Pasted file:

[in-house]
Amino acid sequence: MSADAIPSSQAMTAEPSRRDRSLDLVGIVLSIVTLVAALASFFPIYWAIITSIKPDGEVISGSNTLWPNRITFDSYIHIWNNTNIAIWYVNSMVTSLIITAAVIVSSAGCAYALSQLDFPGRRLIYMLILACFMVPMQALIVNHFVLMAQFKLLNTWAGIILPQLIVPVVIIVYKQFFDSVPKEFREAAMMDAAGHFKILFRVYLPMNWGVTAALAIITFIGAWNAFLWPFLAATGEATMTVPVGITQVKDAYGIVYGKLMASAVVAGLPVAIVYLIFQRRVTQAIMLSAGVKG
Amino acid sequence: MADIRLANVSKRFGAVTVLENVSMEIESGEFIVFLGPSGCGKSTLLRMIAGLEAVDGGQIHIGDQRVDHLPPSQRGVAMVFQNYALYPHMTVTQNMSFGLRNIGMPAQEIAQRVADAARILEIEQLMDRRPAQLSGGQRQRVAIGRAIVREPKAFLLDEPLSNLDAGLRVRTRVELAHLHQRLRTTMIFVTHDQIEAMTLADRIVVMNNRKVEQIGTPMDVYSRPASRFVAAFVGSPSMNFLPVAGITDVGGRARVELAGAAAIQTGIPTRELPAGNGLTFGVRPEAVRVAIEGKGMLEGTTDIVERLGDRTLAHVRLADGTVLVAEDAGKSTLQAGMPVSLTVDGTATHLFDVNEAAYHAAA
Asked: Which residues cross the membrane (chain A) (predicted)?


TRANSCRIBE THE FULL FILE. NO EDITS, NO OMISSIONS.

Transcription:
[in-house]
Amino acid sequence: MSADAIPSSQAMTAEPSRRDRSLDLVGIVLSIVTLVAALASFFPIYWAIITSIKPDGEVISGSNTLWPNRITFDSYIHIWNNTNIAIWYVNSMVTSLIITAAVIVSSAGCAYALSQLDFPGRRLIYMLILACFMVPMQALIVNHFVLMAQFKLLNTWAGIILPQLIVPVVIIVYKQFFDSVPKEFREAAMMDAAGHFKILFRVYLPMNWGVTAALAIITFIGAWNAFLWPFLAATGEATMTVPVGITQVKDAYGIVYGKLMASAVVAGLPVAIVYLIFQRRVTQAIMLSAGVKG
Amino acid sequence: MADIRLANVSKRFGAVTVLENVSMEIESGEFIVFLGPSGCGKSTLLRMIAGLEAVDGGQIHIGDQRVDHLPPSQRGVAMVFQNYALYPHMTVTQNMSFGLRNIGMPAQEIAQRVADAARILEIEQLMDRRPAQLSGGQRQRVAIGRAIVREPKAFLLDEPLSNLDAGLRVRTRVELAHLHQRLRTTMIFVTHDQIEAMTLADRIVVMNNRKVEQIGTPMDVYSRPASRFVAAFVGSPSMNFLPVAGITDVGGRARVELAGAAAIQTGIPTRELPAGNGLTFGVRPEAVRVAIEGKGMLEGTTDIVERLGDRTLAHVRLADGTVLVAEDAGKSTLQAGMPVSLTVDGTATHLFDVNEAAYHAAA
Asked: Which residues cross the membrane (chain A) (predicted)?